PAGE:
Bishop Ray marks Castleisland’s Presentation Secondary School’s 90th

Bishop Ray Browne’s Homily at the School Prayer Service to mark the 90th anniversary of the Presentation Secondary School, Castleisland, on Friday 24th November 2017

Briefly let us recall the detail of Nano Nagle’s life. In 2018 it will be 300 years since her birth. She was from a wealthy merchant family in Cork. After a childhood and youth where she had the best of everything, in her thirties, in the late 1740’s, she gradually became convinced she could use her wealth to help the poor: she saw so many poor families with nothing, – maybe not that different from families in some crowded refugee camps today.

She could give them education. She gathered helpers, she paid the teachers from her own money, she worked with the priests, and she ended up with seven schools in the city. For ten or fifteen years she did all this as a single person. Then, because she could see no other way to ensure the work would continue, she founded an Order of Religious Sisters, what we know of as the Presentation Sisters. This was in the 1770’s.  She died in 1784 aged 66.The new Order struggled; at the time of her death it had maybe just five or six Sisters.

But seeds sown yielded a rich and enduring harvest. Today, 233 years later, there are over 1200 Sisters worldwide. The Sisters came to Killarney from Cork in 1793, and to Castleisland from Limerick in 1946. In recent years a sister in Australia, Noela Fox, wrote a novel, “A Dream Unfolds”, based on Nano Nagle’s life. It wonderfully captures her life and times. Maybe for her tri-centenary many of us could read it. It is a powerful account of history, of the reality of poverty, of courage, of love, and of faith in God.

Gospel Mt 6:24-34      “Look at the birds in the sky, your heavenly Father feeds them. Think of the flowers growing in the fields. Will God not much more look after you, you of little faith? So do not worry.”

When I am free to choose a Gospel for a Liturgy, my choice most often is this Gospel. It touches on the very heart of our faith.

  • There is a loving God.
  • God the Creator loves his creation and the human family at the heart of it.
  • God has provided for us. God will continue to provide.
  • Love, not evil or cynicism, nor chaos, love is at the heart of creation.
  • God has revealed himself in Jesus. God had prepared the way in the people of Israel. In Jesus, God has come to be with us always.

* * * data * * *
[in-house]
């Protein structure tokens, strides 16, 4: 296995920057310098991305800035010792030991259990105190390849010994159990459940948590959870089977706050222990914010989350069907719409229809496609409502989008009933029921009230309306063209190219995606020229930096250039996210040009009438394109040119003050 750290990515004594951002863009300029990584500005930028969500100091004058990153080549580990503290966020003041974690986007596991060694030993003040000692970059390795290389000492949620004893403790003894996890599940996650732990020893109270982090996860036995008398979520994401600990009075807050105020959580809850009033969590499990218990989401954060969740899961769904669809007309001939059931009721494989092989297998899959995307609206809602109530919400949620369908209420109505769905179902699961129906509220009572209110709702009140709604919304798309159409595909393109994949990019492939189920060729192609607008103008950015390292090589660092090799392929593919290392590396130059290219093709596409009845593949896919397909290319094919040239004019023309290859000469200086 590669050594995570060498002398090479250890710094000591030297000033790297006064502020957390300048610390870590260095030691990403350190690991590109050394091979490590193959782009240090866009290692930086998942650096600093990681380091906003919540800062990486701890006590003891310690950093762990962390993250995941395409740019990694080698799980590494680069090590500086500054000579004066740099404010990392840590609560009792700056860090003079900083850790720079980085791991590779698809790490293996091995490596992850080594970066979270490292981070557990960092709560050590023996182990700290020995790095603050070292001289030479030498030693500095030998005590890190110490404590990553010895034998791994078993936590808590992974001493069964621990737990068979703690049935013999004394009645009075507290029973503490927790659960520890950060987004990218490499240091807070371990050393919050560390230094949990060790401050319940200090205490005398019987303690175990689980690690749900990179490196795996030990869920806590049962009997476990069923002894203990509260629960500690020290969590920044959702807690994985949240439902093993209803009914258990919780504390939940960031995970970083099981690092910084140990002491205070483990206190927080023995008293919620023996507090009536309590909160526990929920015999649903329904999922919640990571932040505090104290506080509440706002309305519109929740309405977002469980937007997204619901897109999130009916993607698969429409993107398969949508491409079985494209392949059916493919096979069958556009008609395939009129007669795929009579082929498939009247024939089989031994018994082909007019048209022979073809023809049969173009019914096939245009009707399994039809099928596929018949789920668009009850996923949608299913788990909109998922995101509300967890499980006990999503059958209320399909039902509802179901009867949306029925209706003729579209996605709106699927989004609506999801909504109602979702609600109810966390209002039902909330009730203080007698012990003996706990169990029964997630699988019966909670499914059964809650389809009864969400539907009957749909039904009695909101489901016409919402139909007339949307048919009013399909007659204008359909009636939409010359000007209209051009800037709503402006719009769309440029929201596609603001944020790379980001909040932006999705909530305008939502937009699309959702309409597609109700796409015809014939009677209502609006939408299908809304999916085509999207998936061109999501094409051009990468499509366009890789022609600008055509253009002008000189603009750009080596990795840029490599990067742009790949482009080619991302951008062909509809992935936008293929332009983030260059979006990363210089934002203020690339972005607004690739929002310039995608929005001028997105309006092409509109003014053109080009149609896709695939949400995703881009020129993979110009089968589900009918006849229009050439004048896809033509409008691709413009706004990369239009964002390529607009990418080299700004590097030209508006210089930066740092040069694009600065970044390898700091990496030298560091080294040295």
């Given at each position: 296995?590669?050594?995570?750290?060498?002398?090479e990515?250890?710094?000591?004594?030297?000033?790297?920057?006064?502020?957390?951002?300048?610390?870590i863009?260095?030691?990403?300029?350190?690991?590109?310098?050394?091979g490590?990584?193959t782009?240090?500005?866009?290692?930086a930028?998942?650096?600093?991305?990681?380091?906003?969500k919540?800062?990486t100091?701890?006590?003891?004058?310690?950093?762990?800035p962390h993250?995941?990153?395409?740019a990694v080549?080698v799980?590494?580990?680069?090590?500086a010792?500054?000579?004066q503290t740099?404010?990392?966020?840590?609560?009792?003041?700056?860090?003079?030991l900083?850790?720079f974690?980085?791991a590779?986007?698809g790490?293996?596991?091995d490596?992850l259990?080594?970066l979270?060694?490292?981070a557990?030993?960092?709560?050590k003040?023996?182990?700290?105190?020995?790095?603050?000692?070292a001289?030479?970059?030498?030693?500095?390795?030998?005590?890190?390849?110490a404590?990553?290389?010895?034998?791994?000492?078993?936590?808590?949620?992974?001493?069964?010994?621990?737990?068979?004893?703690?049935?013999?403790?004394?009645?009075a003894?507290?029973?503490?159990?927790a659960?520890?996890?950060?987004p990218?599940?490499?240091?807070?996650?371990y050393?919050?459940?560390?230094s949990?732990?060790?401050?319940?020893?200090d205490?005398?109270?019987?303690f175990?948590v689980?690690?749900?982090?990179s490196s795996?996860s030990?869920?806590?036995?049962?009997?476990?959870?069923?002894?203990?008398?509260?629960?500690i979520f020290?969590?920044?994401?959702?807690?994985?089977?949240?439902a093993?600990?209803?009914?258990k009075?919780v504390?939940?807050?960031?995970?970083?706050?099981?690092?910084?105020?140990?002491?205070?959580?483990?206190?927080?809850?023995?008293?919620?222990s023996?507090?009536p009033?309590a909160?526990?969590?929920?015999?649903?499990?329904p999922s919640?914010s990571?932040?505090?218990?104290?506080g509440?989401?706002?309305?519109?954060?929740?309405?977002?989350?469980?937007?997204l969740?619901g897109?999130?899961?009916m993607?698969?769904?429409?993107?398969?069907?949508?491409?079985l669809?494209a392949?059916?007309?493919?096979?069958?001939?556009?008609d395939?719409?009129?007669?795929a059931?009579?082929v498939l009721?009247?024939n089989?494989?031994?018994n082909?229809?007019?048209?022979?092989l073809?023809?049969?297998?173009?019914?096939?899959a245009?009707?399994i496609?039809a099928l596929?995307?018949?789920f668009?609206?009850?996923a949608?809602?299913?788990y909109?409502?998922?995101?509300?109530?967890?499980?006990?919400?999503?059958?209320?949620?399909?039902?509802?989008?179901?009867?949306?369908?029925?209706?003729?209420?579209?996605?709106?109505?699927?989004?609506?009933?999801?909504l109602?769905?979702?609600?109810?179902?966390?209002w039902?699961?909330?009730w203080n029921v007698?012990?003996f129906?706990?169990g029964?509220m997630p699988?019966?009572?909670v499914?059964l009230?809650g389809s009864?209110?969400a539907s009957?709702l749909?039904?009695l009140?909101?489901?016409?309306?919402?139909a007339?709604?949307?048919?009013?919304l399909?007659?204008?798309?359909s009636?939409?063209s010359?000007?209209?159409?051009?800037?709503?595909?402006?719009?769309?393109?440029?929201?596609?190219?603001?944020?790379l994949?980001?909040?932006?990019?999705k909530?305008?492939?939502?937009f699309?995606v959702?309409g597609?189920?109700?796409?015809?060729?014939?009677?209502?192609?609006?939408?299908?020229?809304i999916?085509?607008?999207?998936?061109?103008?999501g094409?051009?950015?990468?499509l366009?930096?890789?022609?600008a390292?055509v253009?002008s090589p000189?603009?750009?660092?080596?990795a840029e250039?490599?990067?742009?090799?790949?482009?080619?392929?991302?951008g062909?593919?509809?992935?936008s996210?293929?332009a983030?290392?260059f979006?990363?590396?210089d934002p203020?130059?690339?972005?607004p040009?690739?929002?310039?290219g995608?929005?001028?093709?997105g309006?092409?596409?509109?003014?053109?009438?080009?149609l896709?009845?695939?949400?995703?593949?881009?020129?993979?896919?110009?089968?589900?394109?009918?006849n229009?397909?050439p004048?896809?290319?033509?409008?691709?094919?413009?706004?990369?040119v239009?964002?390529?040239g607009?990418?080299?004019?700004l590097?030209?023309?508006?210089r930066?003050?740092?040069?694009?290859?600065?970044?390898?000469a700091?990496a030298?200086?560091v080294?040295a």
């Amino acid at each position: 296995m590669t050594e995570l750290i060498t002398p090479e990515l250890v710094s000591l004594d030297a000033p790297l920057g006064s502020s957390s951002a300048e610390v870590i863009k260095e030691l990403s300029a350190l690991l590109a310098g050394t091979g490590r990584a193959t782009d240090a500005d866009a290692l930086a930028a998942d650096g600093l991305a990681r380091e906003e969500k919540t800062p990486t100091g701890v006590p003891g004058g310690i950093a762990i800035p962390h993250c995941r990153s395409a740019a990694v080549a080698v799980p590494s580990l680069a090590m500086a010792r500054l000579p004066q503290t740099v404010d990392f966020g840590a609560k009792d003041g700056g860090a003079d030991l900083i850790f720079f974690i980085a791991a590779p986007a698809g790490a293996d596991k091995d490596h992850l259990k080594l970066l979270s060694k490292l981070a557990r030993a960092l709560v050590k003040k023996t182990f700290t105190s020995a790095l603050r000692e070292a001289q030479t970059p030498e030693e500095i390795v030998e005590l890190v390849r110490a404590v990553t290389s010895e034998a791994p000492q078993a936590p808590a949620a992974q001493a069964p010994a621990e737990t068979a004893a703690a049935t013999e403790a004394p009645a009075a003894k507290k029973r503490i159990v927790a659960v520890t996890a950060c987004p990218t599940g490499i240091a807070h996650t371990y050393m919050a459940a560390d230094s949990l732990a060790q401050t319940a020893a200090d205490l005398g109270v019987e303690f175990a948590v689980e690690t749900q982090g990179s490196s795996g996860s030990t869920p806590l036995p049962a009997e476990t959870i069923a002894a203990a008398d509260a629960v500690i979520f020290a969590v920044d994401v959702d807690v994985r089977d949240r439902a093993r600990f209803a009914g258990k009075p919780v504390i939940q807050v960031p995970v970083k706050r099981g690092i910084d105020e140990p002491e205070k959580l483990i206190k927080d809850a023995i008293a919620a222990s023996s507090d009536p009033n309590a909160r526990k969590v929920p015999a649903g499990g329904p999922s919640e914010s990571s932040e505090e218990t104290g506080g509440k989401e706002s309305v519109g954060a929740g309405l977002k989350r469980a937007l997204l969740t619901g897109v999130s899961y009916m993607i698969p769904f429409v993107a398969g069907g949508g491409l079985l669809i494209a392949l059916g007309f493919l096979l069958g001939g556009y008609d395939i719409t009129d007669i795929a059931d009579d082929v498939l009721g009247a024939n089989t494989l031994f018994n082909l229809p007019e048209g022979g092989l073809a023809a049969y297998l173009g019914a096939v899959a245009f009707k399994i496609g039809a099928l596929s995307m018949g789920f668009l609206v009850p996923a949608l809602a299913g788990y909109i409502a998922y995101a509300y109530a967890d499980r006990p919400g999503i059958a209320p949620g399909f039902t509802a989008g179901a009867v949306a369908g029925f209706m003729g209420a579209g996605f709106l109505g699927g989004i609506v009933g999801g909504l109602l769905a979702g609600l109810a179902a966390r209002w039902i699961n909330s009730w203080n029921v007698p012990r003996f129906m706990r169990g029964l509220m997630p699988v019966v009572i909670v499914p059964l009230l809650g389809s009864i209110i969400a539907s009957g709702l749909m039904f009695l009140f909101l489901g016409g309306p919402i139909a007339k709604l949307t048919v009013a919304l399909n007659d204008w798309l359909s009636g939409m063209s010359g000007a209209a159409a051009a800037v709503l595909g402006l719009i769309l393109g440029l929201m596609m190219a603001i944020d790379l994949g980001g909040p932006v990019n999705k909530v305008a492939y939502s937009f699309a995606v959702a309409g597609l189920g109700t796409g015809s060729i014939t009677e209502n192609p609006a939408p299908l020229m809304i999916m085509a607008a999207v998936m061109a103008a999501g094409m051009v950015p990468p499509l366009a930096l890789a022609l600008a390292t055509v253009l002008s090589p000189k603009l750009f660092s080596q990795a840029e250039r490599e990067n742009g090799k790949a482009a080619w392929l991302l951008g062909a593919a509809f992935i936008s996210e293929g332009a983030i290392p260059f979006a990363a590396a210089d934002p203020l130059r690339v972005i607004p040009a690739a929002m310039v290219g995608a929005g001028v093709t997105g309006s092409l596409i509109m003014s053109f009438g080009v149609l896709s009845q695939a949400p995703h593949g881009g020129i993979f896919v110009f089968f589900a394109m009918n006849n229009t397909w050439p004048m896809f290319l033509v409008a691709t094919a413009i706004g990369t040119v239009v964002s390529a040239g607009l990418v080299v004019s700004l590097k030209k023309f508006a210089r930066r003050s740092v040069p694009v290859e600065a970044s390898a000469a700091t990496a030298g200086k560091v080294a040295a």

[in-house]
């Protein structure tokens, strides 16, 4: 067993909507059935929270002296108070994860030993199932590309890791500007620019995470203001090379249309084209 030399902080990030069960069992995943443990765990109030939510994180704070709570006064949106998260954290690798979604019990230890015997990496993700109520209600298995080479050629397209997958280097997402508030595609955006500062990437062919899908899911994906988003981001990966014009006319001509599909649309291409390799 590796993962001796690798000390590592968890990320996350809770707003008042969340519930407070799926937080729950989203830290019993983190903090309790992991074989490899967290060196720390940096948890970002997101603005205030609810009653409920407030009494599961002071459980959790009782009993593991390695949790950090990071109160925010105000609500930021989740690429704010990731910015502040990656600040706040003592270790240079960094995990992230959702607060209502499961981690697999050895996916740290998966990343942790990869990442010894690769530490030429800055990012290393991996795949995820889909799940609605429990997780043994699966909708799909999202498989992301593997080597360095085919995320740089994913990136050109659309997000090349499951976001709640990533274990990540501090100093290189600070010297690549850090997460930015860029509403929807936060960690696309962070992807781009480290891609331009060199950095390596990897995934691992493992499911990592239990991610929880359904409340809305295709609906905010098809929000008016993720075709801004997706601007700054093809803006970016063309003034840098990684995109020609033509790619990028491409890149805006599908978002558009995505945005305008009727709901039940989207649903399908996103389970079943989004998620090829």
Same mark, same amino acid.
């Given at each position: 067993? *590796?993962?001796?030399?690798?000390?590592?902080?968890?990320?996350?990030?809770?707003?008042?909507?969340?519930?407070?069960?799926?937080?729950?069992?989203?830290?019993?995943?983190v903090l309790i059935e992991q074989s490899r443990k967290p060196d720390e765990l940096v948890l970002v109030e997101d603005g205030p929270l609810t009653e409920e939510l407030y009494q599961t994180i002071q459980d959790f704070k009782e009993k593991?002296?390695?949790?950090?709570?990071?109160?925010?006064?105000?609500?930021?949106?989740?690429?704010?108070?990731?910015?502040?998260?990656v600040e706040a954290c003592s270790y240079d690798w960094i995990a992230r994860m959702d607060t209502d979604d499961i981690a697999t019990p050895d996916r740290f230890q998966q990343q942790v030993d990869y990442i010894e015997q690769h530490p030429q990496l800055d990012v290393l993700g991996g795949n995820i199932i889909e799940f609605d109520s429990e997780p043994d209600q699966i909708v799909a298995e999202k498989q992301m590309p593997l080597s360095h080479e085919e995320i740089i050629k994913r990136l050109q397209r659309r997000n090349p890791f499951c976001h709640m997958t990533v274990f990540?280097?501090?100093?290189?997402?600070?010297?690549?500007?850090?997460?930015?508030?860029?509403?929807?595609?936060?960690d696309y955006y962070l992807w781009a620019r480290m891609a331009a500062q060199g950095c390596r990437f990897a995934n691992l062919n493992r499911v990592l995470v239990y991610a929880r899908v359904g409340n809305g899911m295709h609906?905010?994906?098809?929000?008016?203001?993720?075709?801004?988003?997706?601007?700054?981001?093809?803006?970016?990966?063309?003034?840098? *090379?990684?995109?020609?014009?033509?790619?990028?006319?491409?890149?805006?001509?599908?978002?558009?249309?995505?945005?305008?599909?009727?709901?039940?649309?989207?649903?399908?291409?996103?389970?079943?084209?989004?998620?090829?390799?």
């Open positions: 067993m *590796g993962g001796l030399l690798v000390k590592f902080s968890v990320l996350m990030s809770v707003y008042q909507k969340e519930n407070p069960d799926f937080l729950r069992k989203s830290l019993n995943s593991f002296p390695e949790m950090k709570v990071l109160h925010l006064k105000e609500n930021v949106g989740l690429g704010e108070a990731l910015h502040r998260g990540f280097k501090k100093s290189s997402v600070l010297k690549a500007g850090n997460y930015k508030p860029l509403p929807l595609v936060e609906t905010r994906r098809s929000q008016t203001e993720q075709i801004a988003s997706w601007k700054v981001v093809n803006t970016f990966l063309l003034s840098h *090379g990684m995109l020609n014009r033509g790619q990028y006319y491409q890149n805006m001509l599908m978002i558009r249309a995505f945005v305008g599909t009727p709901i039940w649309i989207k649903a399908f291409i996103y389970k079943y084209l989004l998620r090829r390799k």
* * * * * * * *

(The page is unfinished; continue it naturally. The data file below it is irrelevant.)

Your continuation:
Remember today’s Gospel. If lifelong you only remember one sentence about your faith let it be:          

   “I know God loves me and cares for me. I trust in God.”

  • I trust in God.
  • I am a person of faith.
  • I see every person as a child of God.
  • I believe in the dignity and infinite value of every person.

Belief in the dignity, goodness and value of every person was what motivated Nano Nagle. She visited families who lived in desperate conditions. She saw parents desperately longing that at least their young children would have a better life. She started schools . . .

Remember she was an ordinary person in the community. Yet, a strange thing! She personally involved herself in the religion classes in all the schools. The schools taught all the practical things, – Nano taught the faith.  Why? Why? Nano Nagle was convinced that faith in God brought out the best in people.

  • Knowing God
  • Knowing God’s love for us
  • Knowing God’s help is always there for us
  • Knowing that loving one another, seeking to be loving in all that we do, brings out the best in us as human beings.

She knew God was truly good for our hearts and souls.

Nano Nagle wanted the children to read and write, she wanted them to develop their abilities and talents, and she wanted them to know God loved them.  Nano Nagle’s conviction is the conviction of every Presentation Convent community  and school.

A final word about the ‘lantern’ that lit Nano Nagle’s path through the night streets of Cork . It lit the path to the houses of the poor for her. The lantern also lit the path of her calling in life, her vocation to bring help and hope to the poor, to bring Christ’s love to the poor.  In serving the poor she was serving Christ.

The lantern was also a light for the poor amid their desperate lives. With no money, no work, no food, nothing for their children; to catch a glimpse of the light carried by Nano Nagle, was light appearing in their darkness. It was the light of some help, the light of some hope for their children, the light of education. It was the light of the presence of God and his love and care for them. That light shone in Nano Nagle, in the Sisters, and in the work of the schools.

In our time may people continue to find joy in taking up Nano Nagle’s lantern and going out to the needy and the poor. For people in poverty and desolation may the day come when amid their darkness they glimpse the light of a lantern approach; a lantern heralding Christ’s love and care coming into their lives. May the symbol of the lantern continue to inspire the whole school community here in Castleisland.

Bishop Ray Browne